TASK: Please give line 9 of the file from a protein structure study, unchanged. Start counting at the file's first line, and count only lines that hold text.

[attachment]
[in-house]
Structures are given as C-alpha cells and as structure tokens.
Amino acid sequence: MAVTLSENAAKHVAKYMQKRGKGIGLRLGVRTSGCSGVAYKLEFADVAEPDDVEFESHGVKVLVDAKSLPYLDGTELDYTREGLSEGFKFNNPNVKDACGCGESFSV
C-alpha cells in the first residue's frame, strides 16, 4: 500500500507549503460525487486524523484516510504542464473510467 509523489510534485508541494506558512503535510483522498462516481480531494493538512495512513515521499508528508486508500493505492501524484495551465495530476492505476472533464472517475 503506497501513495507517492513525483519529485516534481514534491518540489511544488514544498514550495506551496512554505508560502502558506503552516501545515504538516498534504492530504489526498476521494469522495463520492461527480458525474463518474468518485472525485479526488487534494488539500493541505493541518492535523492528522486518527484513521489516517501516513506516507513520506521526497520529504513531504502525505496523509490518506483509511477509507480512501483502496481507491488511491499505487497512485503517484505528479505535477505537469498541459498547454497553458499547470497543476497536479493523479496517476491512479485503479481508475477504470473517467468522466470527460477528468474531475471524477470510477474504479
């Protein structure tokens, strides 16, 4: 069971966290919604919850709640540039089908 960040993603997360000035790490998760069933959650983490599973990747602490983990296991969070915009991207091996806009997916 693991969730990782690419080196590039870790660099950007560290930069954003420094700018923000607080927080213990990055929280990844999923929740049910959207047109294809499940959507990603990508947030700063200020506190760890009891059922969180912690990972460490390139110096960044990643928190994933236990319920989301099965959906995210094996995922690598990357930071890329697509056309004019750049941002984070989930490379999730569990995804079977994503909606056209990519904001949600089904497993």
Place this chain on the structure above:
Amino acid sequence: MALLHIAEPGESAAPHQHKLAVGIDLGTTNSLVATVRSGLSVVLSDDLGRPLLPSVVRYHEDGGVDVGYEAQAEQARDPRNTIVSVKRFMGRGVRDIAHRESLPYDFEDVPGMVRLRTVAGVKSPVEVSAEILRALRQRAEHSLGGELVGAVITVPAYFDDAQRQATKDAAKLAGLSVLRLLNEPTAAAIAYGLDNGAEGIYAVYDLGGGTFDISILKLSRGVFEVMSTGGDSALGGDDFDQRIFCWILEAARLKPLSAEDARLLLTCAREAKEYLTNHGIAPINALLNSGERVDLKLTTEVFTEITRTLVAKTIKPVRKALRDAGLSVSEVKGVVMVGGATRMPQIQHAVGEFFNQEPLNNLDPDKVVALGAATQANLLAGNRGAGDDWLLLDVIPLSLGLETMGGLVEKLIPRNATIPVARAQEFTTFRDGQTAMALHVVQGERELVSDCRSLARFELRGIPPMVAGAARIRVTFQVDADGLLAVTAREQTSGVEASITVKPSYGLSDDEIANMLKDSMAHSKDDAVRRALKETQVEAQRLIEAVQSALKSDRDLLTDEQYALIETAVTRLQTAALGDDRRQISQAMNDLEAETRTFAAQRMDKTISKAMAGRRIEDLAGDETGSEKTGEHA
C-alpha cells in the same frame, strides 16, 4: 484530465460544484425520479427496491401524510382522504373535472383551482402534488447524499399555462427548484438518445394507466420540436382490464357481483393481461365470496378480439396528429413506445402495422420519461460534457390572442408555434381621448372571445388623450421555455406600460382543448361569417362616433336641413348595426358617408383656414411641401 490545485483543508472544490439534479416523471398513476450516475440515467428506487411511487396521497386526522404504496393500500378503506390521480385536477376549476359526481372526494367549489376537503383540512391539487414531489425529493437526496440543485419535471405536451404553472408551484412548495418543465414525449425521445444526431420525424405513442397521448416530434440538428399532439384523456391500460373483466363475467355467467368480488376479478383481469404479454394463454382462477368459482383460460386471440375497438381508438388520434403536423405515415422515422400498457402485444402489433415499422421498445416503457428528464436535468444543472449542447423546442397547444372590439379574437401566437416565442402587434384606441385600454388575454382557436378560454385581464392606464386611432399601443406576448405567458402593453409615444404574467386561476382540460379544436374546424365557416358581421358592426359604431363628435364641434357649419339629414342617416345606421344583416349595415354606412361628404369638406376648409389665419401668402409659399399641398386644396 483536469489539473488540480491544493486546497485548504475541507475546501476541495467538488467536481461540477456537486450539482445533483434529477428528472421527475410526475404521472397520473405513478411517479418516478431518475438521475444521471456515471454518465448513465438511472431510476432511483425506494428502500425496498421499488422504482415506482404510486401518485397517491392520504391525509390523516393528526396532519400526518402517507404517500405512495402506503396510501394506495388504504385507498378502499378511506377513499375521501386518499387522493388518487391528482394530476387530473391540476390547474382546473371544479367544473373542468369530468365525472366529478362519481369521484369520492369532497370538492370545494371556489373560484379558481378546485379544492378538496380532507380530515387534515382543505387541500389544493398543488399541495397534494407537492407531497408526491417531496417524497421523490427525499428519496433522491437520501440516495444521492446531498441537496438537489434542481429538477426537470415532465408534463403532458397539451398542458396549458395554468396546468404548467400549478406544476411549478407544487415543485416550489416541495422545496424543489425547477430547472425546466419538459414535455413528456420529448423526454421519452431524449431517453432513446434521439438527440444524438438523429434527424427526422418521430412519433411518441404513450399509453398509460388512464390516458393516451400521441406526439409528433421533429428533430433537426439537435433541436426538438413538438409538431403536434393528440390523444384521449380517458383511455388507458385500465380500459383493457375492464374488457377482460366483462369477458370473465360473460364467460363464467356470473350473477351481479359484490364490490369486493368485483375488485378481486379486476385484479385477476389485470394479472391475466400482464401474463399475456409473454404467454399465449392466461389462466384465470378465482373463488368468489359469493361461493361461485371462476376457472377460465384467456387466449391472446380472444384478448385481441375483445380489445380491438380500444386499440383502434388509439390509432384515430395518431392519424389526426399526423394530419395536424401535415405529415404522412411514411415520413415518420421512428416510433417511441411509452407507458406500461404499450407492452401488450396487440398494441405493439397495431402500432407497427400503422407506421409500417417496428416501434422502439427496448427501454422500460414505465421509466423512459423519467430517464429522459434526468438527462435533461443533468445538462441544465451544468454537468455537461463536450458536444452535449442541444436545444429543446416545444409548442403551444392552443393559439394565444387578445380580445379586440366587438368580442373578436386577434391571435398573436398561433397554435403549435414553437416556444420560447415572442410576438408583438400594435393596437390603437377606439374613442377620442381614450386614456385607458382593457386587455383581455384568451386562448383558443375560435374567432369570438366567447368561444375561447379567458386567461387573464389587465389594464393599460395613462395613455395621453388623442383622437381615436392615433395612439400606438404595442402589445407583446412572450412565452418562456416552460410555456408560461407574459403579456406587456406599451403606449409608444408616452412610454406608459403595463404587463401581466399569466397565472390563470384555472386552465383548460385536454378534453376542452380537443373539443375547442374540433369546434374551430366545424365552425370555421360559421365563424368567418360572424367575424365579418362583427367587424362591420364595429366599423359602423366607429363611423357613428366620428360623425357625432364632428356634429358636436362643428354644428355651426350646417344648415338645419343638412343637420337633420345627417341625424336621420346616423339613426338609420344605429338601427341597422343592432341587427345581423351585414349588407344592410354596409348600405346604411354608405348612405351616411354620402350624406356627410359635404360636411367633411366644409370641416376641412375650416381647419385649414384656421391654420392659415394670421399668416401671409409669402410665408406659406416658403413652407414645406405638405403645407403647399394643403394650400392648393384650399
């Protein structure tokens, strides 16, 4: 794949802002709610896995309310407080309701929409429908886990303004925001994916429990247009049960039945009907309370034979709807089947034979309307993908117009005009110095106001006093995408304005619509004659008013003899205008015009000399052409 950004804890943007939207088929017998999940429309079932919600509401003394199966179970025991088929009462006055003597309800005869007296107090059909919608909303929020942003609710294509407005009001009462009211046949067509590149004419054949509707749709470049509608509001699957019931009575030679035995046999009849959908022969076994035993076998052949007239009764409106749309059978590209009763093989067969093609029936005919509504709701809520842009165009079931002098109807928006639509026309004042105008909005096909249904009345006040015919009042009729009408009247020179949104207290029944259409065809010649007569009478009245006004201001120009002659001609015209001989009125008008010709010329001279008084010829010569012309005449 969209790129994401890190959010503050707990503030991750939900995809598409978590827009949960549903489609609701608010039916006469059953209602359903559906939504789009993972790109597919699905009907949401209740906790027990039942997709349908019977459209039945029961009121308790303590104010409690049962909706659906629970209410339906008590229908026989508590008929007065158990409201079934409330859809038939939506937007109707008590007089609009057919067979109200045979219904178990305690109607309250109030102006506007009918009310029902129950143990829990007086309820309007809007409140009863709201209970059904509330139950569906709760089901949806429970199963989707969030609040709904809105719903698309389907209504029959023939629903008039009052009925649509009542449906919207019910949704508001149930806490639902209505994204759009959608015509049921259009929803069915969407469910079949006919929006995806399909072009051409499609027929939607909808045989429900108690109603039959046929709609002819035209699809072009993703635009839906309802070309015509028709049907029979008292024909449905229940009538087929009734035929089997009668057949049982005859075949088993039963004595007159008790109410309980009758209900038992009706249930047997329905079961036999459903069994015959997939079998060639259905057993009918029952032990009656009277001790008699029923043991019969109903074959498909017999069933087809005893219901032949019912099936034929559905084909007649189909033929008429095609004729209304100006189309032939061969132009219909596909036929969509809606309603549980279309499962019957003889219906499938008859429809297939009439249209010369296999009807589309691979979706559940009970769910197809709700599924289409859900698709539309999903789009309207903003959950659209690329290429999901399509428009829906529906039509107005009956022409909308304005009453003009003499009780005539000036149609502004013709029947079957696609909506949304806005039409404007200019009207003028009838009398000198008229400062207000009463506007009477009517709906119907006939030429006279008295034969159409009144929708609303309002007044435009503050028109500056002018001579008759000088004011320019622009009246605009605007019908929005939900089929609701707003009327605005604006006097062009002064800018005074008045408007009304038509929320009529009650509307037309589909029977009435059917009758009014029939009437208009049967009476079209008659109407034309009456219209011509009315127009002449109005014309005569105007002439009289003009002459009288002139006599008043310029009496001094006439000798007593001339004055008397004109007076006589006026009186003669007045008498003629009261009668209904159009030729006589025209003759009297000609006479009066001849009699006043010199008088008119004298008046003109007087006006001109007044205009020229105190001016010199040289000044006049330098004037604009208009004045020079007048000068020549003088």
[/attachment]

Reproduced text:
């Protein structure tokens, strides 16, 4: 794949802002709610896995309310407080309701929409429908886990303004925001994916429990247009049960039945009907309370034979709807089947034979309307993908117009005009110095106001006093995408304005619509004659008013003899205008015009000399052409 950004804890943007939207088929017998999940429309079932919600509401003394199966179970025991088929009462006055003597309800005869007296107090059909919608909303929020942003609710294509407005009001009462009211046949067509590149004419054949509707749709470049509608509001699957019931009575030679035995046999009849959908022969076994035993076998052949007239009764409106749309059978590209009763093989067969093609029936005919509504709701809520842009165009079931002098109807928006639509026309004042105008909005096909249904009345006040015919009042009729009408009247020179949104207290029944259409065809010649007569009478009245006004201001120009002659001609015209001989009125008008010709010329001279008084010829010569012309005449 969209790129994401890190959010503050707990503030991750939900995809598409978590827009949960549903489609609701608010039916006469059953209602359903559906939504789009993972790109597919699905009907949401209740906790027990039942997709349908019977459209039945029961009121308790303590104010409690049962909706659906629970209410339906008590229908026989508590008929007065158990409201079934409330859809038939939506937007109707008590007089609009057919067979109200045979219904178990305690109607309250109030102006506007009918009310029902129950143990829990007086309820309007809007409140009863709201209970059904509330139950569906709760089901949806429970199963989707969030609040709904809105719903698309389907209504029959023939629903008039009052009925649509009542449906919207019910949704508001149930806490639902209505994204759009959608015509049921259009929803069915969407469910079949006919929006995806399909072009051409499609027929939607909808045989429900108690109603039959046929709609002819035209699809072009993703635009839906309802070309015509028709049907029979008292024909449905229940009538087929009734035929089997009668057949049982005859075949088993039963004595007159008790109410309980009758209900038992009706249930047997329905079961036999459903069994015959997939079998060639259905057993009918029952032990009656009277001790008699029923043991019969109903074959498909017999069933087809005893219901032949019912099936034929559905084909007649189909033929008429095609004729209304100006189309032939061969132009219909596909036929969509809606309603549980279309499962019957003889219906499938008859429809297939009439249209010369296999009807589309691979979706559940009970769910197809709700599924289409859900698709539309999903789009309207903003959950659209690329290429999901399509428009829906529906039509107005009956022409909308304005009453003009003499009780005539000036149609502004013709029947079957696609909506949304806005039409404007200019009207003028009838009398000198008229400062207000009463506007009477009517709906119907006939030429006279008295034969159409009144929708609303309002007044435009503050028109500056002018001579008759000088004011320019622009009246605009605007019908929005939900089929609701707003009327605005604006006097062009002064800018005074008045408007009304038509929320009529009650509307037309589909029977009435059917009758009014029939009437208009049967009476079209008659109407034309009456219209011509009315127009002449109005014309005569105007002439009289003009002459009288002139006599008043310029009496001094006439000798007593001339004055008397004109007076006589006026009186003669007045008498003629009261009668209904159009030729006589025209003759009297000609006479009066001849009699006043010199008088008119004298008046003109007087006006001109007044205009020229105190001016010199040289000044006049330098004037604009208009004045020079007048000068020549003088």